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As urban populations boom, urban agriculture is increasingly looked to as a local food source and a way to help combat inequitable food access. But little is known about how productive urban agriculture is compared to conventional, rural farming. A new study involving University of Liverpool researchers finds urban gardeners and hydroponics can meet and sometimes exceed the yields of rural farms.
The research, which was led by Lancaster University, compiled studies on urban agriculture from 53 countries to find out which crops grow well in cities, what growing methods are most effective, and what spaces can be utilised for growing. The researchers find that urban yields for some crops, like cucumbers, tubers and lettuces, are two to four times higher than conventional farming. Many other urban crops studied are produced at similar or higher rates than in rural settings. Cost efficiency remains an open but important question.
Most studies on urban agriculture have focused on green spaces, such as private and community gardens, parks and field growing operations. This study includes “grey” spaces — places in cities that are already built but could be used for growing, such as rooftops and building facades. In both green and grey spaces, the study examines a suite of crops grown in soils versus hydroponics (a way of growing crops without soil), horizontal versus vertical farming, and natural versus controlled conditions.
“Surprisingly, there were few differences between overall yields in indoor spaces and outdoor green spaces, but there were clear differences in the suitability of crop types to different grey spaces,” Dr Florian Payen, lead author and researcher from Lancaster Environment Centre says. Certain crops like lettuces, kale and broccoli are more naturally suited to be grown vertically in indoor spaces than others. “You can’t exactly stack up apple trees in a five- or ten-layer high growth chamber,” he says, “though we did find one study that managed to grow wheat stacked up like that.”
Other crops, like watery vegetables (e.g., tomatoes) and leafy greens, performed well in hydroponic environments. And crops grown in fully controlled environments can be grown throughout the year, allowing harvests to happen more times per year than in open-air environments, which leads to higher annual yields. But scientists will need to keep studying these systems to plan cost-effective agriculture solutions.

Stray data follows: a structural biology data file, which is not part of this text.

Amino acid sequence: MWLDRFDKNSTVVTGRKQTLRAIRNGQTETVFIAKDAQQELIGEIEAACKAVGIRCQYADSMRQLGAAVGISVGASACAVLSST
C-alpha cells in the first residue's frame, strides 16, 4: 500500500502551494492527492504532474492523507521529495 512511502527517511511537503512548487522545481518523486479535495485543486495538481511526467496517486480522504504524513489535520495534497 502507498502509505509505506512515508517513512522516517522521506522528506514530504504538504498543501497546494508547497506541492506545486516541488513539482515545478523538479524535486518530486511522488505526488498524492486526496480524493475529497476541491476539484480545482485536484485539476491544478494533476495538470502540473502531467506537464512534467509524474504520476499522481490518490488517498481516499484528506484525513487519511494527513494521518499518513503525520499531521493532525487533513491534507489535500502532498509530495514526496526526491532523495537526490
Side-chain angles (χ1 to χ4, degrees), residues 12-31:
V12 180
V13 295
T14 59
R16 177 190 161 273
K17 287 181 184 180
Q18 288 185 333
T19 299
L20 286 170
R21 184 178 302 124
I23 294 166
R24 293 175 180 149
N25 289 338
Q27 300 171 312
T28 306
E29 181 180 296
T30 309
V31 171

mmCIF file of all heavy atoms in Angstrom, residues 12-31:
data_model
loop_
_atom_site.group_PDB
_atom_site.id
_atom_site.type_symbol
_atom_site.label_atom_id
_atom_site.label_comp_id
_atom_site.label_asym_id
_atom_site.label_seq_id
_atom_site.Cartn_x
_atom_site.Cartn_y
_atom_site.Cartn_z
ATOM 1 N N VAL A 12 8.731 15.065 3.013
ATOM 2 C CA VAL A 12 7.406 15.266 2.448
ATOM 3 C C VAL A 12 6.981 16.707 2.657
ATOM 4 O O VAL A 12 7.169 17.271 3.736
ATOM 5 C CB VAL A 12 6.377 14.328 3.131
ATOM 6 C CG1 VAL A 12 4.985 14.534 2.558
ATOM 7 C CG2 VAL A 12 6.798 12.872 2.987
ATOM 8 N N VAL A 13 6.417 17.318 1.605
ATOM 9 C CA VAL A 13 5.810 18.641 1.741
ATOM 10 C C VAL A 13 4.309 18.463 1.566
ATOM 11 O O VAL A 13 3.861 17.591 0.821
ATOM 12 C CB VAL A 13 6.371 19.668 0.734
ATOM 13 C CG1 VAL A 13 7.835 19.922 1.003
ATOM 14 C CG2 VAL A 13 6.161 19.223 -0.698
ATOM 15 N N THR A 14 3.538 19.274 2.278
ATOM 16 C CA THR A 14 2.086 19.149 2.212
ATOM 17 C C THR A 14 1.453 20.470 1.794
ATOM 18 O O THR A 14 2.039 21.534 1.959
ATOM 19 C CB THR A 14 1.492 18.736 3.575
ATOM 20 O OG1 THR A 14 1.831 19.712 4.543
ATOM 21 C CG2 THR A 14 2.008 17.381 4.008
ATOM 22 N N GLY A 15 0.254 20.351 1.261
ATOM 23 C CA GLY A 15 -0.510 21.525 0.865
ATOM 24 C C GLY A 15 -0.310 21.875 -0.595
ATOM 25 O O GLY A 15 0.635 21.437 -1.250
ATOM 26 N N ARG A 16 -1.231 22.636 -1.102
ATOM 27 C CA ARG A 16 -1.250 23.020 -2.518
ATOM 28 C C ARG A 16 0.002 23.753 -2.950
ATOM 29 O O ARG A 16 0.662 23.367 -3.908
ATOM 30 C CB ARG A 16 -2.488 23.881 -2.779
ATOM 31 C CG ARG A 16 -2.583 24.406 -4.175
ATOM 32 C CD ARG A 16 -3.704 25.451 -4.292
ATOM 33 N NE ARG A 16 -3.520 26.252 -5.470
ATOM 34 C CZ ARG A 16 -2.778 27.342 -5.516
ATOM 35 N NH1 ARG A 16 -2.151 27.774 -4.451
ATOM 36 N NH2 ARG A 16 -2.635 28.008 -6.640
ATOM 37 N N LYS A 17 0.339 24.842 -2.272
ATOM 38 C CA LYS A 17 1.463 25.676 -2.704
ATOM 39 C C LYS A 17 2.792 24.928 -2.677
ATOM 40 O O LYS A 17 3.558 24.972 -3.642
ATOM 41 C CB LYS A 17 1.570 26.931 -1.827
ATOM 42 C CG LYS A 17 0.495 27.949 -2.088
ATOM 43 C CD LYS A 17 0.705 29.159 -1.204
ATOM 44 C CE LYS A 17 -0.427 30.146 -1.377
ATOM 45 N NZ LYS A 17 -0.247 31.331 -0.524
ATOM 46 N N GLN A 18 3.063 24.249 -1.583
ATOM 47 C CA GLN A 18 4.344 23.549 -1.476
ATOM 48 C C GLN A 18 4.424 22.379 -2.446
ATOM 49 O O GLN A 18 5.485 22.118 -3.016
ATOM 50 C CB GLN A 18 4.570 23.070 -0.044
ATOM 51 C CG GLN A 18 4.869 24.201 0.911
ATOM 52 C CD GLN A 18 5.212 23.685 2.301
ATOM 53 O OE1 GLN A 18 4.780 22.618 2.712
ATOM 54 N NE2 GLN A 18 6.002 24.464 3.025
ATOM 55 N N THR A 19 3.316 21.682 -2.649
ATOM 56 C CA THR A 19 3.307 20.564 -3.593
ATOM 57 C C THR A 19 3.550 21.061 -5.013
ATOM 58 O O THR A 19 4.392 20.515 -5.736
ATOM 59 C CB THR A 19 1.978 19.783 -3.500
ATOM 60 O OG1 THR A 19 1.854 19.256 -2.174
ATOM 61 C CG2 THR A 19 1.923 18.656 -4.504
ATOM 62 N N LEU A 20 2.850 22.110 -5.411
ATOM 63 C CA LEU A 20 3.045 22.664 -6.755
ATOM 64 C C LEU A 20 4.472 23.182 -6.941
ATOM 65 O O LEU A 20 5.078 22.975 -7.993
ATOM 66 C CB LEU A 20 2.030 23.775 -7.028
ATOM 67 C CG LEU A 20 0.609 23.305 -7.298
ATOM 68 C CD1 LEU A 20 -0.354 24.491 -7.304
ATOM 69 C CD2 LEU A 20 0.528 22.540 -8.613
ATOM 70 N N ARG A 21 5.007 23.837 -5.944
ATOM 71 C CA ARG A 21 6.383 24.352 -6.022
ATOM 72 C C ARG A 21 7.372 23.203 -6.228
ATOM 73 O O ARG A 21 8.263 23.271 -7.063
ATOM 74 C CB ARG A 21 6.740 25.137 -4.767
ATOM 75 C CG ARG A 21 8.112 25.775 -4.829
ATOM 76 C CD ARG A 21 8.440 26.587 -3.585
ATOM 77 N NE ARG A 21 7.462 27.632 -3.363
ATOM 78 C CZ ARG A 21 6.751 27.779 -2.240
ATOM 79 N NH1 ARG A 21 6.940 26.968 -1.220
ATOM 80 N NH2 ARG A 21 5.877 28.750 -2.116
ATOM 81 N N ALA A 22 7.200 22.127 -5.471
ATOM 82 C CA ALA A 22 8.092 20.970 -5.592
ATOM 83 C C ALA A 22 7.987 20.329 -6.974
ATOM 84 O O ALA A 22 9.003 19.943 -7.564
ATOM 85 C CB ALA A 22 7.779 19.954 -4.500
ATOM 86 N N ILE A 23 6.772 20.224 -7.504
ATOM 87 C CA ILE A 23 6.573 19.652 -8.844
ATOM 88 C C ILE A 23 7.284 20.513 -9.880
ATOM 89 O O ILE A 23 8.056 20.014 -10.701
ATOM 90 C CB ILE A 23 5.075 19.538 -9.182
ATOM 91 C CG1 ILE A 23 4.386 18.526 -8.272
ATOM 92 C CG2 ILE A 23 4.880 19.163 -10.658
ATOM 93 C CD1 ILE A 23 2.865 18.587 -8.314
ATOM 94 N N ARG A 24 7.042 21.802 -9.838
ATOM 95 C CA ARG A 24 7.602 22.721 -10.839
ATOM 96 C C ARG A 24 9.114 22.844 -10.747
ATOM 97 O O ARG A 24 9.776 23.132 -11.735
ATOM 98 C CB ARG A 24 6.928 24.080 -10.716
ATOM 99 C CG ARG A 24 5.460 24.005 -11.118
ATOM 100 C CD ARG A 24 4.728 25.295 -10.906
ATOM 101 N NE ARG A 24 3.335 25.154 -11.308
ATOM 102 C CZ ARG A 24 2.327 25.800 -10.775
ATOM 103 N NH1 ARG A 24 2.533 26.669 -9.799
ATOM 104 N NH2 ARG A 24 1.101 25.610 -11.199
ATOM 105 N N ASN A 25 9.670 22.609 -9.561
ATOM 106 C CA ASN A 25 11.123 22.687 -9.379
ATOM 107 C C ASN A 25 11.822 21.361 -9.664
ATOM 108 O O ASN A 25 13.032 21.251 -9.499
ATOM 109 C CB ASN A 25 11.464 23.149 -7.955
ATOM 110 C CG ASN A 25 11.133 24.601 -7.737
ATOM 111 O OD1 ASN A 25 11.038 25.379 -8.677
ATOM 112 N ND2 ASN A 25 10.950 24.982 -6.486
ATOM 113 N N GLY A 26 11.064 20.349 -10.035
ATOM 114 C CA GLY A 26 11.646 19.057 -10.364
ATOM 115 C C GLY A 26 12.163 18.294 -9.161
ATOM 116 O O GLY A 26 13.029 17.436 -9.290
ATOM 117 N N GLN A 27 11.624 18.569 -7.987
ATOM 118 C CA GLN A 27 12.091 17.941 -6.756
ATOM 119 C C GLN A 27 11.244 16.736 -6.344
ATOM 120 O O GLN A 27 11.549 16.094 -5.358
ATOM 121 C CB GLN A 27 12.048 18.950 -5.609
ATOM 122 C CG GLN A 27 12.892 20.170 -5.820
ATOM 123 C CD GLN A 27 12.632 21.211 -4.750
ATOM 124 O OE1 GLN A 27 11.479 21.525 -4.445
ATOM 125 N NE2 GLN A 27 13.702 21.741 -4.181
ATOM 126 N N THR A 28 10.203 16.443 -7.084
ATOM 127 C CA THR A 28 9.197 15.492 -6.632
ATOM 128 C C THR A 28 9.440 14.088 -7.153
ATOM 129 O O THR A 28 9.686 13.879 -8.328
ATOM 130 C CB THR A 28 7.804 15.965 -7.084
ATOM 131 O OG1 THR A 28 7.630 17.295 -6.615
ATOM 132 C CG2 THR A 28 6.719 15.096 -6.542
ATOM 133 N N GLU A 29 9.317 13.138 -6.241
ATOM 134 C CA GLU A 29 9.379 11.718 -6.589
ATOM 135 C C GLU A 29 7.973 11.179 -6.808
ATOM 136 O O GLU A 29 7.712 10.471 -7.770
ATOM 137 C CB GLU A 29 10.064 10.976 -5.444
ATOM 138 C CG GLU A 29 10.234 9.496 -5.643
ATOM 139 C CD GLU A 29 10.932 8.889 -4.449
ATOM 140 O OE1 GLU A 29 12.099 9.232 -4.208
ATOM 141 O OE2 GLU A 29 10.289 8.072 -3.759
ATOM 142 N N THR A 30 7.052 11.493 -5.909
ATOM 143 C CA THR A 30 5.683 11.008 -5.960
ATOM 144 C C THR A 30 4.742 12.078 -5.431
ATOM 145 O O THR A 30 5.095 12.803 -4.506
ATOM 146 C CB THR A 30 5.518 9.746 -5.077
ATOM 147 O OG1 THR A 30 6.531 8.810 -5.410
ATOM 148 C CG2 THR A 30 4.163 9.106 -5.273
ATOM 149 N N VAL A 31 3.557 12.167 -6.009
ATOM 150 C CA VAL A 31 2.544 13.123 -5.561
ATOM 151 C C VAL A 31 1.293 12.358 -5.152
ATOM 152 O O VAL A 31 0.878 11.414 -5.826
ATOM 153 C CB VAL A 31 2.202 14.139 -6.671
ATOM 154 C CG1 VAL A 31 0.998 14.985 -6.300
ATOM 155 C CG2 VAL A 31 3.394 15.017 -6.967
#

Current estimates suggest that between 5% to 10% of legumes, vegetables and tubers are grown in urban settings, and between 15% to 20% of global food is produced in cities. But getting a handle on just how much food a city could produce for itself is difficult without yield information like the data presented in this study.
Dr Charlotte Hardman, co-author and lead investigator from the University of Liverpool says: “Our previous research has shown that the UK has ample urban greenspaces that could be used to substantially increase production of fresh fruit and veg thereby improving the resilience of local food systems. This study provides new data on how much food could be produced via different methods and in a range of urban spaces, and is an important piece of the puzzle.”
Dr Beth Mead, co-author and research fellow adds: “Growing fruit and veg in urban areas has a wide range of benefits for people and planet, including improving access to healthy foods and potentially alleviating food insecurity. Our research at Liverpool is now aiming to understand consumer perceptions of urban-grown foods and whether there are any barriers to their acceptance.”
The researchers are part of Rurban Revolution, an interdisciplinary team building evidence and understanding of the value of urban growing for food security, health and the environment. The project brings together researchers from the Universities of Lancaster, Liverpool and Cranfield.
Payen, F. T., Evans, D. L., Falagán, N., Hardman, C. A., Kourmpetli, S., Liu, L., et al. (2022). How much food can we grow in urban areas? Food production and crop yields of urban agriculture: A meta-analysis. Earth’s Future https://doi.org/10.1029/2022EF002748
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